Domingo, Cuatro de Septiembre: Yeah, It's Been a Minute...

Okay. First things. An apology. I've spent months doing all sorts of things that would have made great fodder for blogging, but was too lazy/disorganized/overwhelmed to write regularly or even infrequently. I apologize and will try to do better going forward.


So, what were some of those things? Number 1 - Selling the condo. That's right, the notion of quitting the land of Budweiser and Apple Pie might have remained a notion only unless we took the first really big and permanent step of selling our dwelling of more than thirty years. The Husband and I sold it to a younger couple from the same building in June - and for $5000 over our asking price. My broker quietly suggested that we probably could have gotten more, but we were out to sell the place, not gauge anybody so we let it go for what they offered.


Walking away from the long-term residence turned out to be easier than I imagined. In part because we divested ourselves of almost everything we owned as part of the process - and how eye-opening that was. Expect a blog on minimalism and the evil power of stuff coming soon.


Number 2 - Finding a new place to live. One of the trickiest parts of decamping from your current country of residence for somewhere else is the timing of everything, You need to be free of any hard ties to the first country (mortgages, mountains of other debt, etc.) before you apply for the necessary visas and permissions. But you also require a place to live between when you rid yourself of all these attachments and actually leave. So a short term rental was in order - and acquiring one not too far from the Husband's office was a significant and expensive undertaking. We chose one from among the six that were available and pay what feels like a prince's ransom for it, but its a good enough, two story walk-up about fifteen minutes from where we used to live.


Number 3 - learn Castilian. Castilian is the Spanish as spoken in Spain, our future home. It differs from Latin American or Central American Spanish in its us of the form for plural you (y'all in Southern American English), as well as its use of other forms shunned in the former colonies. It's not the kind of Spanish I learned in school or have used since, so I have needed a significant re-training. Fortunately, by diligently applying myself and with the aid of a tutor and now friend from Preply.com, I have made major strides toward fluency.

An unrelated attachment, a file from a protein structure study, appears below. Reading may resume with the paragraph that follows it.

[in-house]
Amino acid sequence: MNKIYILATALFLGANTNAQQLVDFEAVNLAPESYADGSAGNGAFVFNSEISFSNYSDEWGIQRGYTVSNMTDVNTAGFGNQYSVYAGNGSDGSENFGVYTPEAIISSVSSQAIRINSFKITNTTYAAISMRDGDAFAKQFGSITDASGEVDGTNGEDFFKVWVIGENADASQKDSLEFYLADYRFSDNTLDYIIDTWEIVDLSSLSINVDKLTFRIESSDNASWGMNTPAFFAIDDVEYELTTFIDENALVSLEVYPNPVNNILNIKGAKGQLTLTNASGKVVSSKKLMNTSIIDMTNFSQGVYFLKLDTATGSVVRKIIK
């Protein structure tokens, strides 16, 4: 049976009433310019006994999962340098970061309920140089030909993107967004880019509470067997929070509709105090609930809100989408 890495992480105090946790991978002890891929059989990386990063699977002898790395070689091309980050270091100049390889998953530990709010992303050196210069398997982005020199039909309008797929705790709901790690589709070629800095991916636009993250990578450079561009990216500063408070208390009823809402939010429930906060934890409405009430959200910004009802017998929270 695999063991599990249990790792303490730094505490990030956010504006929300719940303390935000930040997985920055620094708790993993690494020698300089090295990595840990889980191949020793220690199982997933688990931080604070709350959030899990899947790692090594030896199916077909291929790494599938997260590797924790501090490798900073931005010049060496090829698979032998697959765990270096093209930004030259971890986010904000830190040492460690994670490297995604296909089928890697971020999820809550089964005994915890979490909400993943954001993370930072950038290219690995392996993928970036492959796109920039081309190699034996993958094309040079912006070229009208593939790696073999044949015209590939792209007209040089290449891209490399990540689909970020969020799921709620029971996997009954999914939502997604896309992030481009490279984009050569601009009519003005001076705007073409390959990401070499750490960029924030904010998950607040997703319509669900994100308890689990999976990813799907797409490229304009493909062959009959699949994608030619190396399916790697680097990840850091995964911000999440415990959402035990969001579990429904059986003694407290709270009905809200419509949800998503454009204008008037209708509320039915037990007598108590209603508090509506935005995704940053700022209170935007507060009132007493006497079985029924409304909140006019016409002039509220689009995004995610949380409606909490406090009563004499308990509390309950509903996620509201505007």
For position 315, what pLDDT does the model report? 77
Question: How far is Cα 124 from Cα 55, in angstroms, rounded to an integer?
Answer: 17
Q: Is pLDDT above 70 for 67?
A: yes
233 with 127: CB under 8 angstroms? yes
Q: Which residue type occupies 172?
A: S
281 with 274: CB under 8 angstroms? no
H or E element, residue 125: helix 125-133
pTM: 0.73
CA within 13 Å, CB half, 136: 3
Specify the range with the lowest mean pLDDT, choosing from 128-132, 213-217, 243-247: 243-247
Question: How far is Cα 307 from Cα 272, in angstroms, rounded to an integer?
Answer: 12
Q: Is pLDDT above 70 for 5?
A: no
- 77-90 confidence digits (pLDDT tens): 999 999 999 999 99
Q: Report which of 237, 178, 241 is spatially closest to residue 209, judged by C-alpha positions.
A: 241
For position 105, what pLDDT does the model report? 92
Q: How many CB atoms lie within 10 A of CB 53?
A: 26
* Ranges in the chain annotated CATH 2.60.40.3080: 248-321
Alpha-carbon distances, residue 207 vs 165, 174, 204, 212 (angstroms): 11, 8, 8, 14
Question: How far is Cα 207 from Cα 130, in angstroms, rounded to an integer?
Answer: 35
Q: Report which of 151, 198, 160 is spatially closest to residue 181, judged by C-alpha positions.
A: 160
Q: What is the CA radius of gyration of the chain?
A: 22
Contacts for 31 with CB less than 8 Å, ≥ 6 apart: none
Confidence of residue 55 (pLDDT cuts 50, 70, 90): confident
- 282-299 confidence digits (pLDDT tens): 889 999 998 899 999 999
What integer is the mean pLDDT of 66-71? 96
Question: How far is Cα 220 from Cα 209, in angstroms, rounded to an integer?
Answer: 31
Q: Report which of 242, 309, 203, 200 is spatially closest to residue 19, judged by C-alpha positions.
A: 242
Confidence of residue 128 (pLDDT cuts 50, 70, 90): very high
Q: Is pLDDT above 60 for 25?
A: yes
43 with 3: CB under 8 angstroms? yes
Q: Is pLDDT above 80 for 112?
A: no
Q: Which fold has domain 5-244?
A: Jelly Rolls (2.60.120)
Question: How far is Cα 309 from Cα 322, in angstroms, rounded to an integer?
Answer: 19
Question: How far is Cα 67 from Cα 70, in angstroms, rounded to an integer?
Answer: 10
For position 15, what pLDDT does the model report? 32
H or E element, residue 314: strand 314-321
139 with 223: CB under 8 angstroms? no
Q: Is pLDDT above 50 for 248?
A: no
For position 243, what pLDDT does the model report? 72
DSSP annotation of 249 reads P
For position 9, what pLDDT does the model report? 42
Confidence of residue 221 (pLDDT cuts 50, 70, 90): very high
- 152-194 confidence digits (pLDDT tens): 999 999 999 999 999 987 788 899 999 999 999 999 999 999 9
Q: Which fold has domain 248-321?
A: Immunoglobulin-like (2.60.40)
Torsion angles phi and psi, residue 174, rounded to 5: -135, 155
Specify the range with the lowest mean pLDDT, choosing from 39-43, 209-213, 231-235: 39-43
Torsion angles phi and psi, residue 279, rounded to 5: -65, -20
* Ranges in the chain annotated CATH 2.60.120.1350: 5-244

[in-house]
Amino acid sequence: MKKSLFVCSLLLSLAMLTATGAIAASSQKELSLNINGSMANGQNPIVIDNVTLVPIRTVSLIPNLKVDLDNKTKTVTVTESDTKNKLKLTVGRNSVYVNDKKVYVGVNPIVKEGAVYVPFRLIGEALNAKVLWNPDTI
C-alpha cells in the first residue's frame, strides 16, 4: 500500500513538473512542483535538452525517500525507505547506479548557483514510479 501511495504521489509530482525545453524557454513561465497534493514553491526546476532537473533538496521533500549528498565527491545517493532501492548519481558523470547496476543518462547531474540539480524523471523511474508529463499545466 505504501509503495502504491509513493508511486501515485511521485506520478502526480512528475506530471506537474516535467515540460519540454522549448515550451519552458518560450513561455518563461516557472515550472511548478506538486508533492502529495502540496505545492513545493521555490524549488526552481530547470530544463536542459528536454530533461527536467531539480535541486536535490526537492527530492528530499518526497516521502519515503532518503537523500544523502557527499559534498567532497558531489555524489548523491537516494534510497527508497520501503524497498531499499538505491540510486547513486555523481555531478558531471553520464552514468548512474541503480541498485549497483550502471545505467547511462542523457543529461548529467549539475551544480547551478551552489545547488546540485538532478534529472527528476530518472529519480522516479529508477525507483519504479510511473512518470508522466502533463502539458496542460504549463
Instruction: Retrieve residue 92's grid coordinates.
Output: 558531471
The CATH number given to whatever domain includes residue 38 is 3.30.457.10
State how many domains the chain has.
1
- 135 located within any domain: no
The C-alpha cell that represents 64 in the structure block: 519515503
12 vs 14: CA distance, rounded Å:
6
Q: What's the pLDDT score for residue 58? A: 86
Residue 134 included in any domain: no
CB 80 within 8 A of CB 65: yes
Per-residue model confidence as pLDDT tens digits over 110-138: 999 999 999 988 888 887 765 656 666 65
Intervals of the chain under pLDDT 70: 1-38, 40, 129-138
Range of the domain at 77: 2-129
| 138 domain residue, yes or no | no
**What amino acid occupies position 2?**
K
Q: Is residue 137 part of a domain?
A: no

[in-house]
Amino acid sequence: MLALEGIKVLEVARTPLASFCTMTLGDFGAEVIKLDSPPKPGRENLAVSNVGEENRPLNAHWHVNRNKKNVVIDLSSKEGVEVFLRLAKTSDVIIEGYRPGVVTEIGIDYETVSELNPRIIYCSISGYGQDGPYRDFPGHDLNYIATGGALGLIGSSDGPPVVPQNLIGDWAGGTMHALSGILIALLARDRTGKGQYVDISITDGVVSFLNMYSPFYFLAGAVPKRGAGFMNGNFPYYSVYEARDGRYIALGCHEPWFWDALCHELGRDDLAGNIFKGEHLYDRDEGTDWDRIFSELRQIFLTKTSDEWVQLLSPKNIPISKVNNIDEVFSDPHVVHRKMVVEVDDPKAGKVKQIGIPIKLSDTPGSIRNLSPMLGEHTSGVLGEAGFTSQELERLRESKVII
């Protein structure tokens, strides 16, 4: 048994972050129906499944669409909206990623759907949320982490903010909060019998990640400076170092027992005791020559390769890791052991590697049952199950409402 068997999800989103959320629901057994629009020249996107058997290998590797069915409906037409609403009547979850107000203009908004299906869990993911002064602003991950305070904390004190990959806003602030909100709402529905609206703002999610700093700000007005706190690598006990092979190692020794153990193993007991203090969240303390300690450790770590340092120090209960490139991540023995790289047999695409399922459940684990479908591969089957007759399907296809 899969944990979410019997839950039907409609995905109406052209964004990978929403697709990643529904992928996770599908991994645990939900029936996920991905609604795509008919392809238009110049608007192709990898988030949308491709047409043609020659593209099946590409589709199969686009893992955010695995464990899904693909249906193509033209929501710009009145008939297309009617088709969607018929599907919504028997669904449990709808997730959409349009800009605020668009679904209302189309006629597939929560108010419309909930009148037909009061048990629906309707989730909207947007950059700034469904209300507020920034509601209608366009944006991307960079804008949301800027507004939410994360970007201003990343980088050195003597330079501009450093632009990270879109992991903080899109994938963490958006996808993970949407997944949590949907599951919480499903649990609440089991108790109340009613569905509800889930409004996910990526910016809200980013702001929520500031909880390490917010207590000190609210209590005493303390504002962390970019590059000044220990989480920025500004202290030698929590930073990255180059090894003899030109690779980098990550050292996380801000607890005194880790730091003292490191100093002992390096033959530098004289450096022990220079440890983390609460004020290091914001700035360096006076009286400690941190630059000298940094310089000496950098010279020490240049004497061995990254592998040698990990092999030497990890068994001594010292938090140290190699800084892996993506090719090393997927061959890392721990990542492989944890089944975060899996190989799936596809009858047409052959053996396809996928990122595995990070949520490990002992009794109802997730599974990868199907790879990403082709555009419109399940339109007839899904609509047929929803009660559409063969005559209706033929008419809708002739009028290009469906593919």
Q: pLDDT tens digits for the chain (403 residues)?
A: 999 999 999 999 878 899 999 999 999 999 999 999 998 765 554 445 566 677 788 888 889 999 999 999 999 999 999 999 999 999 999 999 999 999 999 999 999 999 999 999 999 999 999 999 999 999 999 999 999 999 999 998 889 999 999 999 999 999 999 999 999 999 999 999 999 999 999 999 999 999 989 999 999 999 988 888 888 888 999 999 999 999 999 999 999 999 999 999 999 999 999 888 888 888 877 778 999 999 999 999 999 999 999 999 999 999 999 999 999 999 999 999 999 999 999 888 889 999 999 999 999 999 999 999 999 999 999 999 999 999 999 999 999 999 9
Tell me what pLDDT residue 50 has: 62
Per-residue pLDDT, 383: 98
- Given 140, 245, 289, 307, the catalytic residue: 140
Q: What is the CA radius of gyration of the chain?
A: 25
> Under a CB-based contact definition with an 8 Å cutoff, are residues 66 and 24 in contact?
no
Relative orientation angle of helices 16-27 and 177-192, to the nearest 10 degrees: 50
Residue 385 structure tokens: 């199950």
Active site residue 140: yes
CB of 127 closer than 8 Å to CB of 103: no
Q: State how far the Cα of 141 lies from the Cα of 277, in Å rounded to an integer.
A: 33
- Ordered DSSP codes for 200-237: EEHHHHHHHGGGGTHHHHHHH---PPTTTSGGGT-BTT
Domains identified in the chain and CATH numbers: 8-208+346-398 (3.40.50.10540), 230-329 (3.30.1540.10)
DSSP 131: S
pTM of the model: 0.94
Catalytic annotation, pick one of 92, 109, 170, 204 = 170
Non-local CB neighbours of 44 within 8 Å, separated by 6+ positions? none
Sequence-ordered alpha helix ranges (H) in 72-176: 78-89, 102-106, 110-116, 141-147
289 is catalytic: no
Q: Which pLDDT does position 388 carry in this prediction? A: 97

One of the most intriguing aspects of Castilian that I have't previously found in other Spanish has been the widespread subjunctive form of verbs - essentially an entirely different verb structure used to talk about anything that is uncertain or where there are elements of doubt. It's really quite powerful and fun (for a language nerd like me). In the regular, imperative Castilian the sentence "He's coming to dinner" takes on an entirely different cast when spoken in the subjunctive where "He's coming to dinner" is almost granted an invisible question mark. Is he coming to dinner? I don't know. Maybe, maybe not.


This can be a little disturbing too, as when I discovered the common question asked of children "what do you want to be when you grow up" is usually asked in the subjunctive. This could imply uncertainty about their future profession, but also about whether they make it to adulthood. Yikes.


Number 4 Finishing the manuscript of the third novel. Manny Porter and the Lavender Wings went to the publisher on September 1. A synopsis:


There's trouble in Tinker Creek. Years of frustration over economic inequality and a form of government dating back to before 1776 have sparked a immigrant and minority boycott of St. Michael's Harbor businesses they don't own. Violence is in the air of the deeply divided community and not even Lyle James appears able to ward it off.


But Manny Porter and a young teacher in the community have an idea. What if they make the life and service of her Great Aunt Evelyn, who flew military aircraft in World War II and still holds an active pilot's license at age ninety-nine, more widely known as example to unify the population? What if, at the same time, the city took some available land and turned it into a park with amenities citizens have desired for years? Could those two things bring the community back together?


In the absence of other ideas, it's worth a shot. But a greedy and vindictive relative has her eye on Evelyn's home as a future winter get-away and there are plots afoot to keep her out of the public eye by force.


Those are the four things that have kept me most busy and prevented me writing you regularly. But, as I said, they're finished now and I hope to become a more faithful correspondent going forward.


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